A Beginner’s Guide to Baccarat


Baccarat is one of the most popular casino card games in the world. It is played with a standard six- or eight-deck shoe and has a number of different betting options, including Banker, Player, and Tie. The object of the game is to guess which hand will come closest to a total of nine. Each hand is dealt two cards, and sometimes a third card may be drawn for either or both hands. The winning hand is the one that comes closest to 9 points, or “natural” as it is sometimes called. Unlike poker, which involves skill as well as luck, baccarat is almost entirely a game of chance. If anyone claims to have a foolproof strategy for winning at baccarat, they are most likely selling something.

Despite the fact that it is a casino classic and generates a good chunk of Nevada’s table game revenue, baccarat is not a game for beginners. There is no real strategy involved in this simple, card-driven game, and it offers none of the intellectual stimulation that noncasino card games like bridge or hearts provide. It is a game of chance, and as such, the house has a significant edge over the players.

The first thing to understand about baccarat is that the table is divided into two halves, with players sitting in front of each side. This is a major difference from other card games, such as blackjack, in which all of the players play against each other. In baccarat, the player sits on the right half of the table, and the banker sits on the left. The table is dealt three hands: one for the player, and the other two are the banker’s.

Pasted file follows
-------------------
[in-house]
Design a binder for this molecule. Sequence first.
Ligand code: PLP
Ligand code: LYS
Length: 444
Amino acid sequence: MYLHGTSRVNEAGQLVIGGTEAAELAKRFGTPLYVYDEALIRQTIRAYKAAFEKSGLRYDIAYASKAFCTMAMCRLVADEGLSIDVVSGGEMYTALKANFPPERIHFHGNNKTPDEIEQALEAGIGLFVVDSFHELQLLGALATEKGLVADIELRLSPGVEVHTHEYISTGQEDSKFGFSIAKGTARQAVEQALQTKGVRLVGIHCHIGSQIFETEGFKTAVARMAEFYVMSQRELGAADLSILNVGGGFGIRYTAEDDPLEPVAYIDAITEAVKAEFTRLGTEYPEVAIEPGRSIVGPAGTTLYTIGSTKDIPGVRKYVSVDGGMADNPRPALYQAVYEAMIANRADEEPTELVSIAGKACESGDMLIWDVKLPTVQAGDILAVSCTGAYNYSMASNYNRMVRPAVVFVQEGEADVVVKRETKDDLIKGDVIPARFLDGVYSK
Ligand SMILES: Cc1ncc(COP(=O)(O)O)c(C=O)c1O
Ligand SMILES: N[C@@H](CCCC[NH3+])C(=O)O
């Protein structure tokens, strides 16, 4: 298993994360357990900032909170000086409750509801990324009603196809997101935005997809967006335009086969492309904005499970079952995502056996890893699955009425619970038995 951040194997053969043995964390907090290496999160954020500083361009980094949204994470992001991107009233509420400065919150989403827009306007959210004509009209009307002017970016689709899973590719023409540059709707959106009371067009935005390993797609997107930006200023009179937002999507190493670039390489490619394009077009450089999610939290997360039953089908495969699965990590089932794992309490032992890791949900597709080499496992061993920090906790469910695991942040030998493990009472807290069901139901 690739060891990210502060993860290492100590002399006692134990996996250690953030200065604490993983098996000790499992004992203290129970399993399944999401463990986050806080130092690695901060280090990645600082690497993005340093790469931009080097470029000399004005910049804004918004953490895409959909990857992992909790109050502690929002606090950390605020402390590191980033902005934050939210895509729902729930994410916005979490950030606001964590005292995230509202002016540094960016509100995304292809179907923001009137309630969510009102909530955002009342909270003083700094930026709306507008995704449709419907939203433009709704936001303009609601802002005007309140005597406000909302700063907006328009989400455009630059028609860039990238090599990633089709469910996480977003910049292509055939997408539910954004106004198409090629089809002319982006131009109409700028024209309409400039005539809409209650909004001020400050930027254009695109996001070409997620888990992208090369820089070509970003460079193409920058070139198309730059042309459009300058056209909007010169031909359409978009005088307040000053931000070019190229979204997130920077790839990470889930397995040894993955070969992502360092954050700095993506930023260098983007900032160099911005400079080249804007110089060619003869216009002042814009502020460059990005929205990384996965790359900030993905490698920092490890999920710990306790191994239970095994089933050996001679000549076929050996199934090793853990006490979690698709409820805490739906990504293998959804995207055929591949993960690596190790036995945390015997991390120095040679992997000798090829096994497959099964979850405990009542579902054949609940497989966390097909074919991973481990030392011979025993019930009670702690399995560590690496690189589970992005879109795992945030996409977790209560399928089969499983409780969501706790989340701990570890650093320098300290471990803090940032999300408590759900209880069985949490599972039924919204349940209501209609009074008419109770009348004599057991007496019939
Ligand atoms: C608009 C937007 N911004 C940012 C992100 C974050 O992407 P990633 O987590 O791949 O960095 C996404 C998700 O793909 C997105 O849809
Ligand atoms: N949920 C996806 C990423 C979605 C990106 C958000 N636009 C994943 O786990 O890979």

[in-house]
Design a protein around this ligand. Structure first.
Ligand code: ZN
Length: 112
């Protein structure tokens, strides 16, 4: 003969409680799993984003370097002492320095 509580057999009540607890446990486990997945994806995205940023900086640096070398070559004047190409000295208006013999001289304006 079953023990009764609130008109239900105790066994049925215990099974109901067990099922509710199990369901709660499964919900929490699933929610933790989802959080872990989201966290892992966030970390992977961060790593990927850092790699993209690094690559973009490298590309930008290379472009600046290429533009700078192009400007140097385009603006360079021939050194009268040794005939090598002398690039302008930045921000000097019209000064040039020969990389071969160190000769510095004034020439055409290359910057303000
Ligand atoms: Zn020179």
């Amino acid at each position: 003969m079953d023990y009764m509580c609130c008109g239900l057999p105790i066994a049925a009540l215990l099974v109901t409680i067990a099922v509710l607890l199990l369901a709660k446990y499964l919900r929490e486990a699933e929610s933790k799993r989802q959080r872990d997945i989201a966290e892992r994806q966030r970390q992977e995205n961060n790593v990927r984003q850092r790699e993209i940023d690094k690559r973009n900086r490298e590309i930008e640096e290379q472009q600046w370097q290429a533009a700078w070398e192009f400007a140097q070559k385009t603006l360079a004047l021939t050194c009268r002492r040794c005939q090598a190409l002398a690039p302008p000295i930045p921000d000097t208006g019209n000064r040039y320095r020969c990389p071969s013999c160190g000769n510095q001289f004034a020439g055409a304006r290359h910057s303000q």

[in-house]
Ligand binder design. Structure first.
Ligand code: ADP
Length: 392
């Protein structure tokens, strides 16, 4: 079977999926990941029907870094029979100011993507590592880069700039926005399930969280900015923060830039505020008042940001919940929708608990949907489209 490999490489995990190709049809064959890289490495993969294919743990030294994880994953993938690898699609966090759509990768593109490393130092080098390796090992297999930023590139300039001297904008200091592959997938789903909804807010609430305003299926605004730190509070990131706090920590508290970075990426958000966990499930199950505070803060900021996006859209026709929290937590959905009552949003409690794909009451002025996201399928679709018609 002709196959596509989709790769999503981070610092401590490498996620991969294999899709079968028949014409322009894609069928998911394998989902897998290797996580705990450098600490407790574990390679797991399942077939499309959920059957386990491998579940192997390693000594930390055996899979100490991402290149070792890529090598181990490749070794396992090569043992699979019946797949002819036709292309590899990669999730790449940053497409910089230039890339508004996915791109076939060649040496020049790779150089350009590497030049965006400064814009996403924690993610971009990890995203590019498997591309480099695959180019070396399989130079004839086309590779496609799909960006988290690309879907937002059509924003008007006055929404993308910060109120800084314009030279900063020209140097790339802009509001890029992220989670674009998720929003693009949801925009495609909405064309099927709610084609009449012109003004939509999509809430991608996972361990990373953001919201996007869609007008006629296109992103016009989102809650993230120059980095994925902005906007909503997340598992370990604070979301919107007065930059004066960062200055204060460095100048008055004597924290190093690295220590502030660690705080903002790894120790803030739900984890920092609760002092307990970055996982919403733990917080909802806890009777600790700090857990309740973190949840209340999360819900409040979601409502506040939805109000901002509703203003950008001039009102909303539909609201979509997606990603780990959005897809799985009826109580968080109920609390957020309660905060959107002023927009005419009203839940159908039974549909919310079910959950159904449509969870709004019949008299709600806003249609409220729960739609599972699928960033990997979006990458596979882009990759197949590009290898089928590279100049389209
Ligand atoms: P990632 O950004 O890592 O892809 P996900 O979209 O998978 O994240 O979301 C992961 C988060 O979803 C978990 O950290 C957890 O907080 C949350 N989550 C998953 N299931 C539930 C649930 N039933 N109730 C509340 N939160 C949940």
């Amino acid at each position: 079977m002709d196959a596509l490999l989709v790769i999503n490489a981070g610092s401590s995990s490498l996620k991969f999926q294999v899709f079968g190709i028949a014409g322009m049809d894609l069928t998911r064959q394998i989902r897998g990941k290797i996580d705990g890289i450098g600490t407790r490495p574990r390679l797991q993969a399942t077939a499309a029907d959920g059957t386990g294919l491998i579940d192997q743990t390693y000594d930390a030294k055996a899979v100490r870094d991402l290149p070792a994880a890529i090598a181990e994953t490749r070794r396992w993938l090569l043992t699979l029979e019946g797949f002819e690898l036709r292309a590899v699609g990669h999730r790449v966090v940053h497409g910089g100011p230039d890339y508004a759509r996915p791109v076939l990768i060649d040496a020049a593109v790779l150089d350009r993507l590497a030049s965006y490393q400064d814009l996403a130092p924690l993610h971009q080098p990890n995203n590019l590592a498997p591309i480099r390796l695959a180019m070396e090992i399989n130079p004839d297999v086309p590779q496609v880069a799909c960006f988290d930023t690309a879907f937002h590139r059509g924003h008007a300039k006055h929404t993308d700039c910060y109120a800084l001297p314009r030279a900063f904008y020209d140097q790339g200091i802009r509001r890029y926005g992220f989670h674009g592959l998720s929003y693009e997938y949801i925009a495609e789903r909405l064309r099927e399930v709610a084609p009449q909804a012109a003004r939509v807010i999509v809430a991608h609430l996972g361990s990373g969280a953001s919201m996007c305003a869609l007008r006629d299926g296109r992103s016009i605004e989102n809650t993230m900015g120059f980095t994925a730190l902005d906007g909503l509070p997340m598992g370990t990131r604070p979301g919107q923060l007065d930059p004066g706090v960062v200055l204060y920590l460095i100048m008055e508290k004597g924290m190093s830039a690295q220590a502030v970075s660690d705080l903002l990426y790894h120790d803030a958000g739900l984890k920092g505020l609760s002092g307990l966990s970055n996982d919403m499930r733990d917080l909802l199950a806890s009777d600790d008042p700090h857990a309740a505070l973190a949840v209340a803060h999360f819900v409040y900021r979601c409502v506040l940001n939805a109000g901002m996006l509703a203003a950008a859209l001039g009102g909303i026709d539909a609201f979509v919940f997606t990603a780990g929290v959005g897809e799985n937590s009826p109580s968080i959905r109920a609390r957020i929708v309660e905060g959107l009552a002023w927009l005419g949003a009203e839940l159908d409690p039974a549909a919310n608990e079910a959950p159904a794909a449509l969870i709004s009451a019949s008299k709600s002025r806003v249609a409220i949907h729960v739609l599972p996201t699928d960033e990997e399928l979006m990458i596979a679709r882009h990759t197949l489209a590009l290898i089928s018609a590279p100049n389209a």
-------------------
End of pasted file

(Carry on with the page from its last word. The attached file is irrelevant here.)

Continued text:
Once the banker has looked at the player’s two cards, the active player can call a ‘carte’ with a total of 4 or less, or a ‘non’ with a total of 5 or 6. The banker will then draw a third card or stand depending on the player’s call. If the banker has a total of 8 or 9, they will always stand (no third card is drawn).

Those who correctly predict a winning player hand will qualify for a payout of 1 to 1. However, when a win is declared on a banker hand, the casino must pay a 5% commission, reducing the payout odds to 19 to 20. In addition, a winning tie bet is paid at 8 to 1, but it can be difficult to accurately forecast a tie outcome. In addition to the banker and player bets, baccarat also offers a number of different side bets which vary from casino to casino. Generally speaking, these side bets cost more than the main bets and are best avoided. Score sheets are often available to help keep track of the player’s and banker’s totals. Baccarat is a great game to play with friends, but be sure to set a limit on how much you want to spend and stick to it.